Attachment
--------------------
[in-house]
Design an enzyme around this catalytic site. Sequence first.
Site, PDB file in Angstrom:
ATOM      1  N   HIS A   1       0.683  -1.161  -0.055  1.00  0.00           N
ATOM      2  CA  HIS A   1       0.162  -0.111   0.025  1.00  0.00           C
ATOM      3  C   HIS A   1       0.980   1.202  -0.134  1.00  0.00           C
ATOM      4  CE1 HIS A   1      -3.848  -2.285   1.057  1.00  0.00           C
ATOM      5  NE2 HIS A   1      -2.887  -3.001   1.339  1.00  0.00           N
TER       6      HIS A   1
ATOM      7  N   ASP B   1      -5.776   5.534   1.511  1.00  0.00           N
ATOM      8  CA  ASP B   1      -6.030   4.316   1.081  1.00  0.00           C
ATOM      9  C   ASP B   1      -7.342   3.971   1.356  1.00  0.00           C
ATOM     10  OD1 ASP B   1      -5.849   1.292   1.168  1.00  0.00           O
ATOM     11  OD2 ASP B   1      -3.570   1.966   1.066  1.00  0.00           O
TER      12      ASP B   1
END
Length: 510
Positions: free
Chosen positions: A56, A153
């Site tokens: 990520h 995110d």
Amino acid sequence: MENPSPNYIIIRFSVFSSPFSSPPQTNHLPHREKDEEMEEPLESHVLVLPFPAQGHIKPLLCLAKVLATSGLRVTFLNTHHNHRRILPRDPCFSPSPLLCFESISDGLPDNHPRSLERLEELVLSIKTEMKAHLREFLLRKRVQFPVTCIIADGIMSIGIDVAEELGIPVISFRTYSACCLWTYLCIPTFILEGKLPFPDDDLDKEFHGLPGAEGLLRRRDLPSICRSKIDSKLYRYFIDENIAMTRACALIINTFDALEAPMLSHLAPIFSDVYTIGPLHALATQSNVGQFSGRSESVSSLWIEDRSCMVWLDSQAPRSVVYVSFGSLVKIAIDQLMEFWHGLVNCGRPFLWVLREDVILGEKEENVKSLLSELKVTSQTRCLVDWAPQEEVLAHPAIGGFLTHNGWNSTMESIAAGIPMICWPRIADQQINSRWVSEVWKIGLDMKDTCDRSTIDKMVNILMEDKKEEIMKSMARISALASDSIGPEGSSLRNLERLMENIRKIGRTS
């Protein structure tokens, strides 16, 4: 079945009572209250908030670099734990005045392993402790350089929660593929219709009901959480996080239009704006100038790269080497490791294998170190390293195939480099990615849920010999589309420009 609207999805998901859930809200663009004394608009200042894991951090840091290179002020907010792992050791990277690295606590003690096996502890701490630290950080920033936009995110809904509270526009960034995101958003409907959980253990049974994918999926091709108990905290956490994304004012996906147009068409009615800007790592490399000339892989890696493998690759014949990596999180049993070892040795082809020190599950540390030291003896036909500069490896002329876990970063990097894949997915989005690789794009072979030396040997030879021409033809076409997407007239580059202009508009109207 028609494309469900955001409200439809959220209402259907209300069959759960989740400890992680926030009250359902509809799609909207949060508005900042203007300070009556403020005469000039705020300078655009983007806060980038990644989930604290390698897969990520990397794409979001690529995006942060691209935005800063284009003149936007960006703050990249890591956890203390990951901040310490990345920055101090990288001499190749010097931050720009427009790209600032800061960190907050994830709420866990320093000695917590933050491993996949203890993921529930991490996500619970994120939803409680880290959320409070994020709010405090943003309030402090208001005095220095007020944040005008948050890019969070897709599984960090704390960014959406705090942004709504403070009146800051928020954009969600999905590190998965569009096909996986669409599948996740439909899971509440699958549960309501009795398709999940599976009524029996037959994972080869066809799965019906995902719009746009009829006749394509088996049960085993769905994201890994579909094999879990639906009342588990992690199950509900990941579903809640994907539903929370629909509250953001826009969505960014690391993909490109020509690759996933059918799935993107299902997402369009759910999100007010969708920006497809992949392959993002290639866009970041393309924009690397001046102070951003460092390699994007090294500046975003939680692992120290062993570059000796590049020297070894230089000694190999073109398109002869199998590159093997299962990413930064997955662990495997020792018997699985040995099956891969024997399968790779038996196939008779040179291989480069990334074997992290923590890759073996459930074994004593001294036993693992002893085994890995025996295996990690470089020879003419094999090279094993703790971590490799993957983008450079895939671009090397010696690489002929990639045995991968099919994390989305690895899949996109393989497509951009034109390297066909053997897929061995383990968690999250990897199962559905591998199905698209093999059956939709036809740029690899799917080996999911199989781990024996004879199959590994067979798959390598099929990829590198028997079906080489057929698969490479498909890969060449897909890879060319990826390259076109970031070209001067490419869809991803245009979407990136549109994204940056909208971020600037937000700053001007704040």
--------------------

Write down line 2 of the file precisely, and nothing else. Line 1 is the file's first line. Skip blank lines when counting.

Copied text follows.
Design an enzyme around this catalytic site. Sequence first.